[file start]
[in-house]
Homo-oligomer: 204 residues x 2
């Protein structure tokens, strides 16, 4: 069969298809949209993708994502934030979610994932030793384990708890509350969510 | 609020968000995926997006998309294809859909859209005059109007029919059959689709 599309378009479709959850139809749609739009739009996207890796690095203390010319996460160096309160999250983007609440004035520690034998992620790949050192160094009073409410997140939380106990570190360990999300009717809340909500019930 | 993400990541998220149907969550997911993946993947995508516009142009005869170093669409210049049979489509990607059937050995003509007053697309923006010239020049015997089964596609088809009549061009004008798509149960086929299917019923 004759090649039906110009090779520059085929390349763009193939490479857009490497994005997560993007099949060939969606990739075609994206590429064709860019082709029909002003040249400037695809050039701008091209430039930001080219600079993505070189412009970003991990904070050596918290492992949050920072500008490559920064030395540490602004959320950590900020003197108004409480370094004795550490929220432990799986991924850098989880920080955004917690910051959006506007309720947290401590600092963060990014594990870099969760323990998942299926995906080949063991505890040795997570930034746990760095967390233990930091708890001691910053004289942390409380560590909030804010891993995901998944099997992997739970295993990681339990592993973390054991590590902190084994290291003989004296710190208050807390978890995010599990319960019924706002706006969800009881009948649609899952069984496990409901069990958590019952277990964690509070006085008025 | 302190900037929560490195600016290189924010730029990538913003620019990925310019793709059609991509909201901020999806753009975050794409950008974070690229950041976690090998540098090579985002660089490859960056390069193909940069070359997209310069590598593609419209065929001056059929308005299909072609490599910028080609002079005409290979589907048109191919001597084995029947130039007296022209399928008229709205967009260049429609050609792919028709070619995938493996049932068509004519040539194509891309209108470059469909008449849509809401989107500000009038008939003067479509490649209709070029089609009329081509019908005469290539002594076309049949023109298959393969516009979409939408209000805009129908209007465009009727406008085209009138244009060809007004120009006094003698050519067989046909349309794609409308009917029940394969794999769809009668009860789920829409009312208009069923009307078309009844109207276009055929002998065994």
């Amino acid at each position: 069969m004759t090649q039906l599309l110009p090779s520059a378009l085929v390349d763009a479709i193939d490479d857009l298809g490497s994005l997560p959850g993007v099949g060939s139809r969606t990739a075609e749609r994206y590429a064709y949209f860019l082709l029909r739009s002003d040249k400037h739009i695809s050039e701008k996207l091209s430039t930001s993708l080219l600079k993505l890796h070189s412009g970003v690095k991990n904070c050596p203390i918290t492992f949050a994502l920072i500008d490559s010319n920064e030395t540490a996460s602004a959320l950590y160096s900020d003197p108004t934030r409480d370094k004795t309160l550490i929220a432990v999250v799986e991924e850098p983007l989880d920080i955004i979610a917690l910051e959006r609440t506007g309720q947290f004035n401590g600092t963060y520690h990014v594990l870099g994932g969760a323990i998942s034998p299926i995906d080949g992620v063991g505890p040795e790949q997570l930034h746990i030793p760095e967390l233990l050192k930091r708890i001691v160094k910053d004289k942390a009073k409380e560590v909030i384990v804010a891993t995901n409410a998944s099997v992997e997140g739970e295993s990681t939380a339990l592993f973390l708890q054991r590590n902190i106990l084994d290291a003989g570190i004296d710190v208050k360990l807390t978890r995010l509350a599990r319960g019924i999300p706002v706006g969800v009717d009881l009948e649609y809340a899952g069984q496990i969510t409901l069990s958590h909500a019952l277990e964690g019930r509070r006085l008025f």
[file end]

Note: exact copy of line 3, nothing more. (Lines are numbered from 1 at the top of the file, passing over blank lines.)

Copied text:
């Protein structure tokens, strides 16, 4: 069969298809949209993708994502934030979610994932030793384990708890509350969510 | 609020968000995926997006998309294809859909859209005059109007029919059959689709 599309378009479709959850139809749609739009739009996207890796690095203390010319996460160096309160999250983007609440004035520690034998992620790949050192160094009073409410997140939380106990570190360990999300009717809340909500019930 | 993400990541998220149907969550997911993946993947995508516009142009005869170093669409210049049979489509990607059937050995003509007053697309923006010239020049015997089964596609088809009549061009004008798509149960086929299917019923 004759090649039906110009090779520059085929390349763009193939490479857009490497994005997560993007099949060939969606990739075609994206590429064709860019082709029909002003040249400037695809050039701008091209430039930001080219600079993505070189412009970003991990904070050596918290492992949050920072500008490559920064030395540490602004959320950590900020003197108004409480370094004795550490929220432990799986991924850098989880920080955004917690910051959006506007309720947290401590600092963060990014594990870099969760323990998942299926995906080949063991505890040795997570930034746990760095967390233990930091708890001691910053004289942390409380560590909030804010891993995901998944099997992997739970295993990681339990592993973390054991590590902190084994290291003989004296710190208050807390978890995010599990319960019924706002706006969800009881009948649609899952069984496990409901069990958590019952277990964690509070006085008025 | 302190900037929560490195600016290189924010730029990538913003620019990925310019793709059609991509909201901020999806753009975050794409950008974070690229950041976690090998540098090579985002660089490859960056390069193909940069070359997209310069590598593609419209065929001056059929308005299909072609490599910028080609002079005409290979589907048109191919001597084995029947130039007296022209399928008229709205967009260049429609050609792919028709070619995938493996049932068509004519040539194509891309209108470059469909008449849509809401989107500000009038008939003067479509490649209709070029089609009329081509019908005469290539002594076309049949023109298959393969516009979409939408209000805009129908209007465009009727406008085209009138244009060809007004120009006094003698050519067989046909349309794609409308009917029940394969794999769809009668009860789920829409009312208009069923009307078309009844109207276009055929002998065994």